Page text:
Ann Coulter update. It's been about a month since the skinny blonde attention addict appeared on the Today show on NBC and proceeded to take cheap shots at the widows of some 9/11 victims. You can read the initial thoughts here.
Now comes word that Coulter is being investigated for possible plagiarism. In fact, John Barrie, the man who created a plagiarism-finder called iThenticate, was on MSNBC last night, and he told "Countdown" host Keith Olbermann that Coulter was found to have committed "advanced plagiarism" - to the point where Coulter could have flunked an English class as a result.
(Barrie was asked by the New York Post to look into Coulter's latest book, along with her last year's worth of syndicated newspaper columns. Barrie told Olbermann that his staff didn't even finish checking all the material because they had found so much plagiarism.)
I'll just sit back and laugh. I enjoy watching evil, hateful people get what's coming to them.
(Note to John Barrie: Please do not investigate this blog.)
Chad Moeller gone!! Thank you, Doug Melvin. The Brewers designated their light-hitting, poor-fielding backup catcher for assignment on Wednesday, meaning that the Brewers are short one guy who doesn't deserve to be in the major leagues.
Now, they only have one of those (see: "Barnwell, Chris").
Moeller's .184 batting average and .507 OPS (!) are heading to AAA Nashville, and Mike Rivera, a much better hitting prospect, is on his way to Milwaukee.
With a Brewer win pulling the Crew within 3.5 games of first place in the NL Central and within two games of the NL Wild Card, they can't afford to be carrying too much dead weight around. Moeller was killing them basically every time he was in the lineup. The Brewers went just 8-21 in games Moeller appeared in this year, and manager Ned Yost drew more than a little criticism from the faithful for refusing to pinch-hit for Moeller late in close games, allowing Moeller to effectively kill rally after rally.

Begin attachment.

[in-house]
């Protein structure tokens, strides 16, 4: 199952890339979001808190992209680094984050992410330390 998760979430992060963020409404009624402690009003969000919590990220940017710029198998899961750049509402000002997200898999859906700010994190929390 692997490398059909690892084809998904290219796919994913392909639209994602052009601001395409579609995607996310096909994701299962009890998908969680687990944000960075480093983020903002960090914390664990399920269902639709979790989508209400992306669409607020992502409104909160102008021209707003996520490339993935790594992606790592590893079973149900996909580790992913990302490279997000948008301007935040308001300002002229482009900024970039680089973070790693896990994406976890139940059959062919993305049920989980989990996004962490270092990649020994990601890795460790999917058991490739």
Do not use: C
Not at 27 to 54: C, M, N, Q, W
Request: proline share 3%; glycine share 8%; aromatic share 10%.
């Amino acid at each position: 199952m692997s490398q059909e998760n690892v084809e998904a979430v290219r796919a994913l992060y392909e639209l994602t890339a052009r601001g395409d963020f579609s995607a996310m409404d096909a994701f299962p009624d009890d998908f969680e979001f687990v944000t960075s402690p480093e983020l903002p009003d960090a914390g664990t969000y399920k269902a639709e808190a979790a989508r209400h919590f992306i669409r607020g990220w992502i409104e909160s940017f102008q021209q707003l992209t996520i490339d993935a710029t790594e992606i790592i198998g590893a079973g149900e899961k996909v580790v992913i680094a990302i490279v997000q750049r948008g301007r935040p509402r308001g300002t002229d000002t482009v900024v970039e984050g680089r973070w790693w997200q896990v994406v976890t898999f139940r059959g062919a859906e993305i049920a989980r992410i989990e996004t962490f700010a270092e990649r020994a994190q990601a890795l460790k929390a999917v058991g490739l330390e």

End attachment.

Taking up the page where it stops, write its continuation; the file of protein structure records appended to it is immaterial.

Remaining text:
With Moeller no longer an option, one can expect the offense to be a bit more consistent when Damian Miller can't play or is being held out for rest.
Well, except when Barnwell starts.
The Wild appear to get it now. After an offseason of inaction after the lockout, the previously cheap Minnesota Wild have gone on a spending spree of sorts this season. So far, the Wild have signed unrestricted free agents Mark Parrish, Kim Johnsson, and Keith Carney, traded for Kings star Pavol Demitra, and they added to the expense sheet Wednesday by signing star wing Marian Gaborik to a new three-year deal.
Minnesota has bolstered their offense with Demitra and Parrish, and they've added to their defensive group as well. Johnsson is a smooth skater, and Carney is known as a defensive defenseman.
The Wild got a ton of criticism for not spending last year, but they had their reasons. The rules changes were very well-received around the league, but no one really thought that the league would follow through for an entire season like they did. GM Doug Risebrough and the rest of the Wild brass thought that the clutch-and-grab style would win over, and they thought that the Wild's young talent would shine through in the slowdown game. They were wrong. The Wild were off the mark offensively all season, and they lost a ton of close games because they simply didn't have enough offensive firepower outside of Gaborik and Brian Rolston.
By my count, the Wild were 14-28, including eight overtime/shootout losses, in one-goal games a year ago. That doesn't take into account games that became two-goal wins or losses with last-minute empty-net tallies. And the goaltending was very good for Minnesota last year, as the Wild ranked fifth in the NHL in goals against average.
With that in mind, the Wild have upgraded the offense, which is absolutely the right move. And it should pay off with a playoff run in 2006-2007. After a season of transition and uncertainty, the future is looking good once again for the Wild.